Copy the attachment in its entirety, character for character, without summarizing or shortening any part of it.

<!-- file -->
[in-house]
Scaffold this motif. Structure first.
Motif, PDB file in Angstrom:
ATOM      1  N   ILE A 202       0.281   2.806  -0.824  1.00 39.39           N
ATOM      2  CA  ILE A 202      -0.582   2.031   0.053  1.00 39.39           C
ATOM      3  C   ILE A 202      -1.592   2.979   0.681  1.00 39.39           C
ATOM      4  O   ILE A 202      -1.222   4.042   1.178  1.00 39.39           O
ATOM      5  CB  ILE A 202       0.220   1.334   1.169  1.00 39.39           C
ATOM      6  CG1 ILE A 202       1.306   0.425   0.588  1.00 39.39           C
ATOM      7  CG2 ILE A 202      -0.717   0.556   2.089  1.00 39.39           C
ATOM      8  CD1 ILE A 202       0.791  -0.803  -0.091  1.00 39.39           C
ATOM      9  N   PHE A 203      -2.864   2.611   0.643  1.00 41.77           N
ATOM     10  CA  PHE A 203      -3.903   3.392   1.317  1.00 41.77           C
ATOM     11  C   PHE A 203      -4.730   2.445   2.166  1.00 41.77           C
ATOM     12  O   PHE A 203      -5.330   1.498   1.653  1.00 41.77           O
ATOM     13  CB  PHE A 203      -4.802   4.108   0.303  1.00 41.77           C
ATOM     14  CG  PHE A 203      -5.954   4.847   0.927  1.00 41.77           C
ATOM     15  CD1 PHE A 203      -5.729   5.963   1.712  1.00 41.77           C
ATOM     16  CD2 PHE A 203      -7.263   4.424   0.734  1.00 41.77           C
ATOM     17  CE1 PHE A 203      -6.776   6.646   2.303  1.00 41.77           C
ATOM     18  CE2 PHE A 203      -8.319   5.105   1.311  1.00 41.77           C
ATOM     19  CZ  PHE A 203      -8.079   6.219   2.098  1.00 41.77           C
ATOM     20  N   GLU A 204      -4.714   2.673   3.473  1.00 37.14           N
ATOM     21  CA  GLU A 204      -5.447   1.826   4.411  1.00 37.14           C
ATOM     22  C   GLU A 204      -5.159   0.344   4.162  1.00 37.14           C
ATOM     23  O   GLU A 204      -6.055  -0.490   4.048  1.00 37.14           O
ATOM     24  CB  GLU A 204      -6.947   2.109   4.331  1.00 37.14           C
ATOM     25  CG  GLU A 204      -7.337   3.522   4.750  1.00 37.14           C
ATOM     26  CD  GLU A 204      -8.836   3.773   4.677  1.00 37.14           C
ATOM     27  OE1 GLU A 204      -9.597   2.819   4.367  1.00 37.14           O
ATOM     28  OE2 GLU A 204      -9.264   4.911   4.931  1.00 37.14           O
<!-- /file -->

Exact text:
[in-house]
Scaffold this motif. Structure first.
Motif, PDB file in Angstrom:
ATOM      1  N   ILE A 202       0.281   2.806  -0.824  1.00 39.39           N
ATOM      2  CA  ILE A 202      -0.582   2.031   0.053  1.00 39.39           C
ATOM      3  C   ILE A 202      -1.592   2.979   0.681  1.00 39.39           C
ATOM      4  O   ILE A 202      -1.222   4.042   1.178  1.00 39.39           O
ATOM      5  CB  ILE A 202       0.220   1.334   1.169  1.00 39.39           C
ATOM      6  CG1 ILE A 202       1.306   0.425   0.588  1.00 39.39           C
ATOM      7  CG2 ILE A 202      -0.717   0.556   2.089  1.00 39.39           C
ATOM      8  CD1 ILE A 202       0.791  -0.803  -0.091  1.00 39.39           C
ATOM      9  N   PHE A 203      -2.864   2.611   0.643  1.00 41.77           N
ATOM     10  CA  PHE A 203      -3.903   3.392   1.317  1.00 41.77           C
ATOM     11  C   PHE A 203      -4.730   2.445   2.166  1.00 41.77           C
ATOM     12  O   PHE A 203      -5.330   1.498   1.653  1.00 41.77           O
ATOM     13  CB  PHE A 203      -4.802   4.108   0.303  1.00 41.77           C
ATOM     14  CG  PHE A 203      -5.954   4.847   0.927  1.00 41.77           C
ATOM     15  CD1 PHE A 203      -5.729   5.963   1.712  1.00 41.77           C
ATOM     16  CD2 PHE A 203      -7.263   4.424   0.734  1.00 41.77           C
ATOM     17  CE1 PHE A 203      -6.776   6.646   2.303  1.00 41.77           C
ATOM     18  CE2 PHE A 203      -8.319   5.105   1.311  1.00 41.77           C
ATOM     19  CZ  PHE A 203      -8.079   6.219   2.098  1.00 41.77           C
ATOM     20  N   GLU A 204      -4.714   2.673   3.473  1.00 37.14           N
ATOM     21  CA  GLU A 204      -5.447   1.826   4.411  1.00 37.14           C
ATOM     22  C   GLU A 204      -5.159   0.344   4.162  1.00 37.14           C
ATOM     23  O   GLU A 204      -6.055  -0.490   4.048  1.00 37.14           O
ATOM     24  CB  GLU A 204      -6.947   2.109   4.331  1.00 37.14           C
ATOM     25  CG  GLU A 204      -7.337   3.522   4.750  1.00 37.14           C
ATOM     26  CD  GLU A 204      -8.836   3.773   4.677  1.00 37.14           C
ATOM     27  OE1 GLU A 204      -9.597   2.819   4.367  1.00 37.14           O
ATOM     28  OE2 GLU A 204      -9.264   4.911   4.931  1.00 37.14           O